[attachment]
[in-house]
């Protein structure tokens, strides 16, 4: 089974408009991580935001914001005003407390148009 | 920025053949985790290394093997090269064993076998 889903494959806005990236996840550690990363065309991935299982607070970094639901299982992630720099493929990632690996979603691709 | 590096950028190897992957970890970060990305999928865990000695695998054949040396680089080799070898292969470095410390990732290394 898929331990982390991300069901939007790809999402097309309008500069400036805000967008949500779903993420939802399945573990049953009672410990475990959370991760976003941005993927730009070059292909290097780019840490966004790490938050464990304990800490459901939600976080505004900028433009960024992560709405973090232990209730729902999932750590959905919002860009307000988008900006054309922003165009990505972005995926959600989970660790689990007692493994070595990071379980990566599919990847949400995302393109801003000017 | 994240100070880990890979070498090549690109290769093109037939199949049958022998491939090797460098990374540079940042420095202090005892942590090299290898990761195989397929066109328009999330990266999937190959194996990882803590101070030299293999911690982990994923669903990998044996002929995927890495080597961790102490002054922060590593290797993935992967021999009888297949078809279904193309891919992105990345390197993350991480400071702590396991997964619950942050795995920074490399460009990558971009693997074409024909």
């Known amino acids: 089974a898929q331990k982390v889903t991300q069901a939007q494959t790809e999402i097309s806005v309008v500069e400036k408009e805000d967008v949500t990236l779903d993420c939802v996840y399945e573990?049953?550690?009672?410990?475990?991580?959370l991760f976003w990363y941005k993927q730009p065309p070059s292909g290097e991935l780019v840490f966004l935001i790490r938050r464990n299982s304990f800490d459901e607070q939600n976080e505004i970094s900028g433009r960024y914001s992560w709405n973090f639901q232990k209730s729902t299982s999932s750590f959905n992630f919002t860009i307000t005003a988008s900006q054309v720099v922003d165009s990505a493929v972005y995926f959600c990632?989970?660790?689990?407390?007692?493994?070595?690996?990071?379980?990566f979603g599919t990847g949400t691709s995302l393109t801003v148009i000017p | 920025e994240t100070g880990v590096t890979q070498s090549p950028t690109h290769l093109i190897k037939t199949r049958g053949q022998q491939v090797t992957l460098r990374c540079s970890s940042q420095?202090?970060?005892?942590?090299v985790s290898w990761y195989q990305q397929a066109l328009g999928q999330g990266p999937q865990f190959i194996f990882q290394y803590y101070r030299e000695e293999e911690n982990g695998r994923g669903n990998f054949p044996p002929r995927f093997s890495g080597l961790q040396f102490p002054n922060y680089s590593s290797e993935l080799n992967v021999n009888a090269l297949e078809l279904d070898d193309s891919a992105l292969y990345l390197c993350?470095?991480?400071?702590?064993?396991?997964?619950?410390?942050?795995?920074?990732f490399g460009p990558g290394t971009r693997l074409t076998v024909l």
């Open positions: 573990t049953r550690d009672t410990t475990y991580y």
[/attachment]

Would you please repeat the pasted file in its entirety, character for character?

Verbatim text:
[in-house]
């Protein structure tokens, strides 16, 4: 089974408009991580935001914001005003407390148009 | 920025053949985790290394093997090269064993076998 889903494959806005990236996840550690990363065309991935299982607070970094639901299982992630720099493929990632690996979603691709 | 590096950028190897992957970890970060990305999928865990000695695998054949040396680089080799070898292969470095410390990732290394 898929331990982390991300069901939007790809999402097309309008500069400036805000967008949500779903993420939802399945573990049953009672410990475990959370991760976003941005993927730009070059292909290097780019840490966004790490938050464990304990800490459901939600976080505004900028433009960024992560709405973090232990209730729902999932750590959905919002860009307000988008900006054309922003165009990505972005995926959600989970660790689990007692493994070595990071379980990566599919990847949400995302393109801003000017 | 994240100070880990890979070498090549690109290769093109037939199949049958022998491939090797460098990374540079940042420095202090005892942590090299290898990761195989397929066109328009999330990266999937190959194996990882803590101070030299293999911690982990994923669903990998044996002929995927890495080597961790102490002054922060590593290797993935992967021999009888297949078809279904193309891919992105990345390197993350991480400071702590396991997964619950942050795995920074490399460009990558971009693997074409024909």
């Known amino acids: 089974a898929q331990k982390v889903t991300q069901a939007q494959t790809e999402i097309s806005v309008v500069e400036k408009e805000d967008v949500t990236l779903d993420c939802v996840y399945e573990?049953?550690?009672?410990?475990?991580?959370l991760f976003w990363y941005k993927q730009p065309p070059s292909g290097e991935l780019v840490f966004l935001i790490r938050r464990n299982s304990f800490d459901e607070q939600n976080e505004i970094s900028g433009r960024y914001s992560w709405n973090f639901q232990k209730s729902t299982s999932s750590f959905n992630f919002t860009i307000t005003a988008s900006q054309v720099v922003d165009s990505a493929v972005y995926f959600c990632?989970?660790?689990?407390?007692?493994?070595?690996?990071?379980?990566f979603g599919t990847g949400t691709s995302l393109t801003v148009i000017p | 920025e994240t100070g880990v590096t890979q070498s090549p950028t690109h290769l093109i190897k037939t199949r049958g053949q022998q491939v090797t992957l460098r990374c540079s970890s940042q420095?202090?970060?005892?942590?090299v985790s290898w990761y195989q990305q397929a066109l328009g999928q999330g990266p999937q865990f190959i194996f990882q290394y803590y101070r030299e000695e293999e911690n982990g695998r994923g669903n990998f054949p044996p002929r995927f093997s890495g080597l961790q040396f102490p002054n922060y680089s590593s290797e993935l080799n992967v021999n009888a090269l297949e078809l279904d070898d193309s891919a992105l292969y990345l390197c993350?470095?991480?400071?702590?064993?396991?997964?619950?410390?942050?795995?920074?990732f490399g460009p990558g290394t971009r693997l074409t076998v024909l």
């Open positions: 573990t049953r550690d009672t410990t475990y991580y």